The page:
SINGAPORE - Asian stock markets plunged Monday as investors took scant comfort from Washington's passage of a $700 billion bank bailout and focused instead on deepening financial turmoil in Europe that threatens to slow global growth.
Traders were spooked by Germany's announcement Sunday of a new bailout package totaling 50 billion euros ($69 billion) for Hypo Real Estate, the country's second-biggest commercial property lender, part of a scramble by European governments to save failing banks.
A dismal report on the U.S. job market released Friday added to the gloom, fanning worries about U.S. consumer demand for Asian exports.
Japan's benchmark Nikkei 225 average sank 4.2 percent to 10,475, while Hong Kong's Hang Seng index slid 3.4 percent to 17,089. Markets in mainland China, Australia, South Korea, India, Singapore and Thailand also fell sharply. Indonesia's key index plunged more than 5 percent.
"This credit crunch looks like it's not going away any time soon," said Alex Tang, head of research at brokerage Core Pacific-Yamaichi in Hong Kong. "Apart from a credit crunch in Europe, investors are quite concerned about the worsening outlook on the U.S. economy."
"We haven't seen any positive developments in Europe or the U.S., apart from the rescue plan," Tang said. "But even with the rescue plan, investors are focused on the slowing economy."
Investors were processing a series of developments out of Europe over the weekend. Belgian Prime Minister Yves Leterme said Sunday that France's BNP Paribas SA had committed to taking a 75-percent stake in troubled European bank Fortis NV. British treasury chief Alistair Darling also said he was ready to take "pretty big steps that we wouldn't take in ordinary times" to help the country weather the credit crunch.
The outlook for the U.S. economy worsened after figures released Friday showed that 159,000 jobs in the U.S. were lost last month, the fastest pace in more than five years.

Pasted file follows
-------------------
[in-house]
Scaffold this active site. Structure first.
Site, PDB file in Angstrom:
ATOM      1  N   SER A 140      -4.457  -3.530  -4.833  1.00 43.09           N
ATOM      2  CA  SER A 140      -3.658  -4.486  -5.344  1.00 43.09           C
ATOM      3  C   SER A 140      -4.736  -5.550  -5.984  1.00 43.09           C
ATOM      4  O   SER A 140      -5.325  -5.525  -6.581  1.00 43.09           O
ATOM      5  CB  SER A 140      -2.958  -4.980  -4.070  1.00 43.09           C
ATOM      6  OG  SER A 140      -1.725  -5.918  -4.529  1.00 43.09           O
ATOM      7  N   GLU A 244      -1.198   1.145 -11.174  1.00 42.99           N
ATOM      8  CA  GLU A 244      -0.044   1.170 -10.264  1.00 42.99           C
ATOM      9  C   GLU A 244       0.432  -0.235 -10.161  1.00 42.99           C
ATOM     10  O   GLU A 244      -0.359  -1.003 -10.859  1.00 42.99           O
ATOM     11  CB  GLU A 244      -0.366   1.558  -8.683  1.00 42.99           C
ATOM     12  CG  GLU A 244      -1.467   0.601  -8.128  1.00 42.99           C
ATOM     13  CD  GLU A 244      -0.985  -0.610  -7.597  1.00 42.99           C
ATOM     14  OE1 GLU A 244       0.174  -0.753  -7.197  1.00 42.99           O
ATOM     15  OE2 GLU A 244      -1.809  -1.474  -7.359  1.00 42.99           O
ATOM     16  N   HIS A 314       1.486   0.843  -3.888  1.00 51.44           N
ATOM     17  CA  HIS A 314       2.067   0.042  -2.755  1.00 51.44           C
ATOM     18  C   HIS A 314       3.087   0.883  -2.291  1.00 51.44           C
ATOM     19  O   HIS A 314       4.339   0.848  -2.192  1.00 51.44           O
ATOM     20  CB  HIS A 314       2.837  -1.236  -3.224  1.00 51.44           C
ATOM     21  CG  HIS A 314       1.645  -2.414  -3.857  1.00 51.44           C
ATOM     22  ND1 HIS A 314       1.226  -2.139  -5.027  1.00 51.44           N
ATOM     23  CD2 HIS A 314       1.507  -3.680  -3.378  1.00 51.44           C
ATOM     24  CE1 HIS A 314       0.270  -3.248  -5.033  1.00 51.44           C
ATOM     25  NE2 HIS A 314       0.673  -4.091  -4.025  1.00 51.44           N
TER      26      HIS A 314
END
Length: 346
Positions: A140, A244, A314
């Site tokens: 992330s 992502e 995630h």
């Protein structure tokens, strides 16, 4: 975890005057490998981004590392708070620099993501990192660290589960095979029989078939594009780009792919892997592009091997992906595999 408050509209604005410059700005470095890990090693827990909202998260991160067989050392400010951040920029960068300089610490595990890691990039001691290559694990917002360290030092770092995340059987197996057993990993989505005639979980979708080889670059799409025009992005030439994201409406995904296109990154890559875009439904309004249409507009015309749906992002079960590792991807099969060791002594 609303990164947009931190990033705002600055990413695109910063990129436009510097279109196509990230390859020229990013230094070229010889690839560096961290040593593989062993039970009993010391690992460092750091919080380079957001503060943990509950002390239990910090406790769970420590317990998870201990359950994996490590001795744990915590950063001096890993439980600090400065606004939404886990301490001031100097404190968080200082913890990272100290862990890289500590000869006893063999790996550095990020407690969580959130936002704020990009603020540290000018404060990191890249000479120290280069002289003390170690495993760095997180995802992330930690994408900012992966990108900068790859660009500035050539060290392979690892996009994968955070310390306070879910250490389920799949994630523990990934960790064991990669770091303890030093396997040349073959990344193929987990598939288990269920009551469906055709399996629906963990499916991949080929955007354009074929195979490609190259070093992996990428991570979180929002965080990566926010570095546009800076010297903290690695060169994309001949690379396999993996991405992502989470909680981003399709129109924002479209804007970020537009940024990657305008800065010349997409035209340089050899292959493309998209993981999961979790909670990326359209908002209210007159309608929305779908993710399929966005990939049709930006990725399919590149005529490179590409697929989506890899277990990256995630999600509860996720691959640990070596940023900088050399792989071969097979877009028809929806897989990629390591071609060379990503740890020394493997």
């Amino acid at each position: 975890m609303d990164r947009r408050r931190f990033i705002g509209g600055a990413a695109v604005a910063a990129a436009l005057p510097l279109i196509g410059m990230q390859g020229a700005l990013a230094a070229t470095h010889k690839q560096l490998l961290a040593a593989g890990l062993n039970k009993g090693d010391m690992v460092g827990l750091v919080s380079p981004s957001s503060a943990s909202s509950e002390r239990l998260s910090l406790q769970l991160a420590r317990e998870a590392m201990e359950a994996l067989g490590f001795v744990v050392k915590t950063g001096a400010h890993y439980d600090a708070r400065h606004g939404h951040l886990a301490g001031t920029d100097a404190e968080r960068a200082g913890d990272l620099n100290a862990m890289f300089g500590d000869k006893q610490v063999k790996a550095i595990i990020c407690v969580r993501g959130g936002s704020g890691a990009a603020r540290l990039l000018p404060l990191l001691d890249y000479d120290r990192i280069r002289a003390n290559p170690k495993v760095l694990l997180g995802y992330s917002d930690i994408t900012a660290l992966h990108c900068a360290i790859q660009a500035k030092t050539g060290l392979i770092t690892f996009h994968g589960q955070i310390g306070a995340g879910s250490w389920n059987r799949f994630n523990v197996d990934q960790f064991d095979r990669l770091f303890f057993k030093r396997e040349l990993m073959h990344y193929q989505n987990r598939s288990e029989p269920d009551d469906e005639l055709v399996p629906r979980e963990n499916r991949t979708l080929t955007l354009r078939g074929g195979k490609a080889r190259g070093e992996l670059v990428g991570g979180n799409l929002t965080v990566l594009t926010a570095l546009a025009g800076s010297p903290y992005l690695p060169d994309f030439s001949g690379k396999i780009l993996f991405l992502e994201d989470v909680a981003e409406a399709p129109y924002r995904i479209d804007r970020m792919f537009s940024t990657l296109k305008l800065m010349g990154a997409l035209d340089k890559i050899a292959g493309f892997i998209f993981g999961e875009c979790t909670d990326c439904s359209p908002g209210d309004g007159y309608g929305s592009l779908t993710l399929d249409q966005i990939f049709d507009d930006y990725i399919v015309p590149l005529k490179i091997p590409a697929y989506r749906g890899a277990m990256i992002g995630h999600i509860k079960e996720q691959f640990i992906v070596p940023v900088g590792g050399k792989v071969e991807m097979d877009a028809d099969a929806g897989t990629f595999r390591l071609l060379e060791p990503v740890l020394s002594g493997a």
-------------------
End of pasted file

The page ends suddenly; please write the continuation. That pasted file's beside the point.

Such concerns overshadowed any investor optimism over the U.S. House of Representatives' approval Friday of a massive bailout plan that will allow the U.S. government to buy distressed mortgages and securities backed by mortgages from banks and other financial institutions.
Investors questioned how long it would take for the package to unfreeze credit markets, restore bank lending and generally shore up the U.S. economy.
"The market had already figured in the package's passage," said Yukio Takahashi at Shinko Securities Co. in Tokyo. "There are strong doubts about its implementation."
Japanese financial companies and industries dependent on exports, such as steel, were especially hard hit Monday. Nippon Steel Corp. stock tumbled 9.8 percent, while Mizuho Financial Group was down 8.3 percent in morning trading.
Trading in mainland China resumed after a weeklong holiday break with the benchmark Shanghai Composite Index sinking 3.5 percent to 2,213 by midday.
Banks and other financial shares saw heavy declines. Shanghai Pudong Development Bank fell 7 percent and Bank of China slipped 3.6.
Shares of Ping An Insurance Co. rose even after it said Monday it will record a $2.3 billion loss on its stake in European bank Fortis in the biggest blow yet to a Chinese institution from the global credit crisis. Ping An's shares were up 1.6 percent.
U.S. stock index futures were down more than 1 percent, suggesting Wall Street would open lower Monday morning. The Dow Jones industrial average fell 157.47, or 1.5 percent, to 10,325.38 on Friday.
In currencies, the euro slid to $1.3618 from $1.3774 late Friday. But the dollar was weaker against the yen, falling to 103.11 from 105.30 yen late Friday.
Oil prices tumbled on speculation that slower global growth will cut crude demand. Light, sweet crude for November delivery was down $1.85 to $92.03 a barrel in Asian electronic trading on the New York Mercantile Exchange.
AP Business Writer Yuri Kageyama in Tokyo contributed to this story.
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